Family businesses are changing as we speak. The new generations in the business are better educated, more geographically dispersed, and more diverse in many ways.
Gender differences in family businesses are becoming irrelevant and career paths for beneficiaries are changing.
Families have always been focused on individual needs and supporting individual success with traditionally less emphasis on members’ responsibilities to their families. Family leaders now are being challenged to be more transparent and inclusive about decision-making.
Families have now spread out over three or more generations thanks to longer life spans. Younger generations, raised in a digital world and highly attuned to a global reality, bring different perspectives, have different priorities, and bring new capabilities to the family business. They are waiting impatiently for a place at the board table or are sometimes choosing other career paths, often to fulfill their own dreams and aspirations.
Retiring Baby Boomers are expected to trigger a huge wave of business transfers and the greatest wealth transfer in history. This means that we are witnessing the greatest intergenerational challenge for families ever.
Most Boomers are choosing to remain involved in decision-making well beyond the traditional retirement age of 65, but the oldest of this generation is already 77 years old (in 2022), and the youngest will turn 66 in 2030.
What are the Challenges for These People Ahead?
Not surprisingly, the generational transfer of power and money is high up on the list.
This includes the transfer of leadership, wealth, and ownership control to the next generation, different generational attitudes and priorities, and intergenerational communications.
It is important to remember that impact can be positive, negative, or a combination of both.
Are these families ready for the turbulence ahead?
“The world is not as we thought it would be pre-COVID-19, and it will become even more different with 5G and other advances.”
This issue is one of the main challenges, not because of change itself but because of resistance to change, fear of change, and lack of experience to deal with change.
Turbulence will affect family businesses differently, of course, but it’s their response to this that spells success or failure.
Turbulence makes you question traditional business models. You always think that yours will last, but you must be ready to change and constantly ask yourselves, ‘what are the potential pitfalls and how can we avoid them.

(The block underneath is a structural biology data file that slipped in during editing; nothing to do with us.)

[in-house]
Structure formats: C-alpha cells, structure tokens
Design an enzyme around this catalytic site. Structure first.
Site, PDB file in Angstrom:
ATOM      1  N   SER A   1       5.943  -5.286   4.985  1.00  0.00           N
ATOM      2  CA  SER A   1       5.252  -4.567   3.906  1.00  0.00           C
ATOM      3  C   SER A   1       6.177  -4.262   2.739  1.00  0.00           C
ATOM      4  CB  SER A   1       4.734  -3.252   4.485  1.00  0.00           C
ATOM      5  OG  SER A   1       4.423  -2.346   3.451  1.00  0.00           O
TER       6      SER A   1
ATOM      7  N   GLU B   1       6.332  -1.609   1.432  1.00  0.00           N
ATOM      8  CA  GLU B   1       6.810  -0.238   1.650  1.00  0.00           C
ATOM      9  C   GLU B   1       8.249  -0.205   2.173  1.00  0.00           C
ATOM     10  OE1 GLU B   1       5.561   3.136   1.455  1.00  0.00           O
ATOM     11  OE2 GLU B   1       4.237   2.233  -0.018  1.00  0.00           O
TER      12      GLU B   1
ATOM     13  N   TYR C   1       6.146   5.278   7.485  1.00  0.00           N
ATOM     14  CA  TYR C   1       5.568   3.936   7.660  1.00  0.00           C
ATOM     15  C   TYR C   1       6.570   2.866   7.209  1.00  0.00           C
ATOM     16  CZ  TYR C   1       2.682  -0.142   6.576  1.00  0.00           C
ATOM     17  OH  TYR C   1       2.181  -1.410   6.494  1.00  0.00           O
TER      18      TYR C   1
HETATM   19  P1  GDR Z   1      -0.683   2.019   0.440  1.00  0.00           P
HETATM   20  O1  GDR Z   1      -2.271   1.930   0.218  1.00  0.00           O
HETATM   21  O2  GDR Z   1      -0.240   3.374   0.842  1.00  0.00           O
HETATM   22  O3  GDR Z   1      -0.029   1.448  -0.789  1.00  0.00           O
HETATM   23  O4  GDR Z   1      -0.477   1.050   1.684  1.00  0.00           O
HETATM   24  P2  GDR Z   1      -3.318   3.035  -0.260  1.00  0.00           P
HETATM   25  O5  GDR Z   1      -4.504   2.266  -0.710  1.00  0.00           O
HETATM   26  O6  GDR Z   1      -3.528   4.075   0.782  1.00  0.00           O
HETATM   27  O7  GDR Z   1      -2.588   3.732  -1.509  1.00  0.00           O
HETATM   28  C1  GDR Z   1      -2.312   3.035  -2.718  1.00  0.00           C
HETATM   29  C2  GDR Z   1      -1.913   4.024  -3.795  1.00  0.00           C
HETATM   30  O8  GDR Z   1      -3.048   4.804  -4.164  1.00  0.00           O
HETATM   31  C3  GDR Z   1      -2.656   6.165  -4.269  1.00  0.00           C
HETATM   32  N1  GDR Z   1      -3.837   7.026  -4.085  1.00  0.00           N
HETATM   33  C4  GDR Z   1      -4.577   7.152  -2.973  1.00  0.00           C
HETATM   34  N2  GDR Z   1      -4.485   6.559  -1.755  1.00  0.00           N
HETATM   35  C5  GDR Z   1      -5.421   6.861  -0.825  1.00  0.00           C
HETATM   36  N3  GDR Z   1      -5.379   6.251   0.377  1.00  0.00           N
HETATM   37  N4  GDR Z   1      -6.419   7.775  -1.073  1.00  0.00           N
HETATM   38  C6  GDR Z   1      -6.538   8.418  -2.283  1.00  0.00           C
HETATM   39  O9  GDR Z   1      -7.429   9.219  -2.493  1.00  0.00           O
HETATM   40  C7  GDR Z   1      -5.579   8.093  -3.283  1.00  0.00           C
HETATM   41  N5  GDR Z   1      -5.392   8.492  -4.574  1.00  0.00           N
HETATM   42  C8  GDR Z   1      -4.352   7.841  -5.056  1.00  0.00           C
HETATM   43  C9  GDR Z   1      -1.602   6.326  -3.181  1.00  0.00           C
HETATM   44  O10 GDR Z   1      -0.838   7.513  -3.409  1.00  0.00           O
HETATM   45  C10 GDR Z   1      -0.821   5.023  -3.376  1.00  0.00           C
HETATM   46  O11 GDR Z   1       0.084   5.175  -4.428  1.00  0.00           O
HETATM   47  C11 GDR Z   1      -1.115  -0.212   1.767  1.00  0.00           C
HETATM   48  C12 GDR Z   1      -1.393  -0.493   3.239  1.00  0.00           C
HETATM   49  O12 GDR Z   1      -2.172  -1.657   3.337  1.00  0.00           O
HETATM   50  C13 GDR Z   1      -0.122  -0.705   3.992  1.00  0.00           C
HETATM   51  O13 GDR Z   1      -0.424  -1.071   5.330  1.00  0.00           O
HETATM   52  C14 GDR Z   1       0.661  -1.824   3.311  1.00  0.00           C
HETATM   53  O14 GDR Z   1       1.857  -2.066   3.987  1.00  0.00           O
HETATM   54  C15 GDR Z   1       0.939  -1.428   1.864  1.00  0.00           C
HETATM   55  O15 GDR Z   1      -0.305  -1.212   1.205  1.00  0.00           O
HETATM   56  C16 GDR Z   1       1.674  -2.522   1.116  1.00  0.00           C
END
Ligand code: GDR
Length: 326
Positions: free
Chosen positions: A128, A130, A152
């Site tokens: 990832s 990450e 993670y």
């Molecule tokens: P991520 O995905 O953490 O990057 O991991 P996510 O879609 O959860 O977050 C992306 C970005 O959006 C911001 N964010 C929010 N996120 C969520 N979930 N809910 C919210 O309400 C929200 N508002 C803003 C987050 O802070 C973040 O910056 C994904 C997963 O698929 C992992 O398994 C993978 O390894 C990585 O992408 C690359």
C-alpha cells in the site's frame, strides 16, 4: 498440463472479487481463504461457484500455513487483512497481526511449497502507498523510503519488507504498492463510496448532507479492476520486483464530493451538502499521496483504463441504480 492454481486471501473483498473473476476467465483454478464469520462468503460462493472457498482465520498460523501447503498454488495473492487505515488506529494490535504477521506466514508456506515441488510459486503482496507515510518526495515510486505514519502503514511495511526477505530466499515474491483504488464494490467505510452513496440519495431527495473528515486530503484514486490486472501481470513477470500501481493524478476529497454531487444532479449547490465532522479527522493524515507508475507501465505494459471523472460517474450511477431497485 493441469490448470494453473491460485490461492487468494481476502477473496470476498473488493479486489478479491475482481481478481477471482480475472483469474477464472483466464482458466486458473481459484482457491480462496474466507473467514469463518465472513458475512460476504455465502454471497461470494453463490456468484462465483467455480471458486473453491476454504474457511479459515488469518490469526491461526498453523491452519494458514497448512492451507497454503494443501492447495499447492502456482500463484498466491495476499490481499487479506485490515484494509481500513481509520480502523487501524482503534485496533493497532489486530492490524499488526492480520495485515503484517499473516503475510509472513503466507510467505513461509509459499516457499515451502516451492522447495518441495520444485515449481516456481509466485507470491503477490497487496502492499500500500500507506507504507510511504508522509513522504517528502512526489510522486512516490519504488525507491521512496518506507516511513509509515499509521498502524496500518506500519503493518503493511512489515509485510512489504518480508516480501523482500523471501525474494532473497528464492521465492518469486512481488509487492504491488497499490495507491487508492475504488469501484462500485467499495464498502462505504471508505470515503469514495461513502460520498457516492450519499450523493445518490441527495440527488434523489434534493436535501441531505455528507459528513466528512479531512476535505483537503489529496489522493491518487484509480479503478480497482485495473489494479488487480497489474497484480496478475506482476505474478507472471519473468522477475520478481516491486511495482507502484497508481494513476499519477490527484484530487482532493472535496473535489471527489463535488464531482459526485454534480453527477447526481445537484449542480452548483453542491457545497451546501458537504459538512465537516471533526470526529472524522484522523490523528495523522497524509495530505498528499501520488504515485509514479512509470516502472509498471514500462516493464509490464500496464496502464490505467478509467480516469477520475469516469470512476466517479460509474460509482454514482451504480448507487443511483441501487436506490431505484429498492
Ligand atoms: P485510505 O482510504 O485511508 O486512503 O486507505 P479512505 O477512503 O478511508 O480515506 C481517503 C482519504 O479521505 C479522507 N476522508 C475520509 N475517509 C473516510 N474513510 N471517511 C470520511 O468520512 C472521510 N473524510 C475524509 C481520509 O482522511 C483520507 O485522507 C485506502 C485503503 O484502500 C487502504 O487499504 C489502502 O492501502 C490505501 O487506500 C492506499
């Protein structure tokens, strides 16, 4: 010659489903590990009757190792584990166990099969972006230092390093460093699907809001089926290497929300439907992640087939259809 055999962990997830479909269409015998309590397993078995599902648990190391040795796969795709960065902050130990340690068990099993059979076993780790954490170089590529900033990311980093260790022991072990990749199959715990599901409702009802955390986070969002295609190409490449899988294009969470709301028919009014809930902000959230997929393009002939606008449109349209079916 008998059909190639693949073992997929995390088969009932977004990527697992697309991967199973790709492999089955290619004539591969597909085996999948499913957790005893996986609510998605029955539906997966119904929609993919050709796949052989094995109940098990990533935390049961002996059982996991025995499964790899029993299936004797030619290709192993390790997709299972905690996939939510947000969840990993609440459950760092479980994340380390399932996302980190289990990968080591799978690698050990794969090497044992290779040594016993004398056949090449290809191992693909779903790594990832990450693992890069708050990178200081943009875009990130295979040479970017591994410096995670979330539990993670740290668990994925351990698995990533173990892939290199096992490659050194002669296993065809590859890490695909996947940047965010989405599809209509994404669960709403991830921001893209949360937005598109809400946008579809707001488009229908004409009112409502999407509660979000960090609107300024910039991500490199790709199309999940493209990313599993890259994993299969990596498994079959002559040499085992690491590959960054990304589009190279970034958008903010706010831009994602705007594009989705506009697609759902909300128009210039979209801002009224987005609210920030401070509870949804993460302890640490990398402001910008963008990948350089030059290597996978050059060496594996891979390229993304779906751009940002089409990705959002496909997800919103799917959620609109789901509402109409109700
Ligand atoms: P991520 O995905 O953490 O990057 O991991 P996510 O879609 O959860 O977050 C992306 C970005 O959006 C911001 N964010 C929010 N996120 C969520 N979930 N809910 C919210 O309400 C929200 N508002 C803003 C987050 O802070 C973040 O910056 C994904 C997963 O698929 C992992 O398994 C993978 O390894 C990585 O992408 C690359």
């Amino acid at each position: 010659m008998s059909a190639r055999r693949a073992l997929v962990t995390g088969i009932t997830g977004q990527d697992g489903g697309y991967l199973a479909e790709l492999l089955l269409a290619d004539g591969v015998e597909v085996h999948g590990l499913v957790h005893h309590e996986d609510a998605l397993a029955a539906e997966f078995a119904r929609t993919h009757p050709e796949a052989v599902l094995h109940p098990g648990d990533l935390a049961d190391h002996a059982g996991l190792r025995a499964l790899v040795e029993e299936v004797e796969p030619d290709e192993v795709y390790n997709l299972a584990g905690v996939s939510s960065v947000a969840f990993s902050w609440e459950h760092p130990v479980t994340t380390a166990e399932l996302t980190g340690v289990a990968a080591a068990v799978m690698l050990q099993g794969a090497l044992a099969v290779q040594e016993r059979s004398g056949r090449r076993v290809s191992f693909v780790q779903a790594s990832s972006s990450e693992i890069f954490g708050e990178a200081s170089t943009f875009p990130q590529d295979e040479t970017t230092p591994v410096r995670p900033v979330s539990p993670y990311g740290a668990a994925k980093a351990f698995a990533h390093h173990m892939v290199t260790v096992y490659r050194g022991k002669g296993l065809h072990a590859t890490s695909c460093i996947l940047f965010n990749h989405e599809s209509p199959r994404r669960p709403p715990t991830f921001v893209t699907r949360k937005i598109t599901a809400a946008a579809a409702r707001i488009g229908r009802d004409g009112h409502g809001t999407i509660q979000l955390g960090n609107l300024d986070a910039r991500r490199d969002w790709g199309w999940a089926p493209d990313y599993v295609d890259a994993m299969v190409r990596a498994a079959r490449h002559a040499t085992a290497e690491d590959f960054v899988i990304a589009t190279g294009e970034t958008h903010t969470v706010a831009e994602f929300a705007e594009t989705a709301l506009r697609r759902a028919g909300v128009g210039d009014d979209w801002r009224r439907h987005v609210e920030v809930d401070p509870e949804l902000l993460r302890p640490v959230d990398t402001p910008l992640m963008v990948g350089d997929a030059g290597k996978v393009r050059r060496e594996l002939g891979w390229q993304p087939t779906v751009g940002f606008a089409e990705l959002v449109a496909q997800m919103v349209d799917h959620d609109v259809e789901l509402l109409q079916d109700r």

The biggest opportunity is the flip side of disruption; it’s getting the family out of their comfort zone and presenting the family with new ideas, and new methodologies breaking out of the box.
What is the Mission of the Family Advisor in this Process?
Financial advisors are in a unique position to help their clients in such situations by helping them have conversations about business transfers and money with their families.
While families may be uncomfortable and uninformed about how to talk about these issues, financial advisors talk about business and money for a living and often thrive on having these conversations!
Moreover, helping clients improve their communication skills on these issues not only strengthens relationships within the family between family members themselves, but also strengthens the relationship the advisor has with the family as a whole. This is important when dealing with clients who are planning for wealth transfers, as it is very common for heirs to leave their family’s original advisor once they come into their wealth (and similarly is very common for surviving spouses to switch advisors after their spouses pass away).
How do Advisors Build a Client-Oriented Process?
When creating a process to help clients with these conversations, advisors can start by focusing on three core components: purpose, practice, and people.
Company and family mission statements are a particularly effective way for clients to crystallize their purpose around the transfer of power and wealth, as they are essentially declarations of the family’s long-term goals, attitudes, and beliefs.
They can serve as powerful tools offering a framework for families to structure conversations around wealth and their businesses with each other, ideally lasting through future generations. Meanwhile, statements also help families practice not just talking about money but also using it (and teaching children to use it) in ways that are consistent with the values they identified
Finally, involving the right people in the process – family members and relevant professionals across disciplines, such as tax professionals, estate planners, financial therapists, and/or psychologists – can ensure that support is available in all areas where it is needed.
Considerations that Advisors Can Consider When Creating a Process to Use with their Clients include:
How to structure the actual process – how frequently will meetings with clients be held, at what cost, and which professionals will be included in the meetings.
How to network with other professionals – which professional associations and resources can be leveraged for expertise and support, and what types of training opportunities might offer a relevant experience?
Ultimately, the key point is that helping clients identify their values and beliefs around the transfer of power and wealth is an essential starting point for advisors to guide their clients through the anxiety they may have around these conversations.
By becoming comfortable with and gaining confidence in talking about these issues with other family members, families will have an easier time imparting core values to future generations slated to inherit businesses and wealth and preparing them to use their own assets responsibly and with purpose.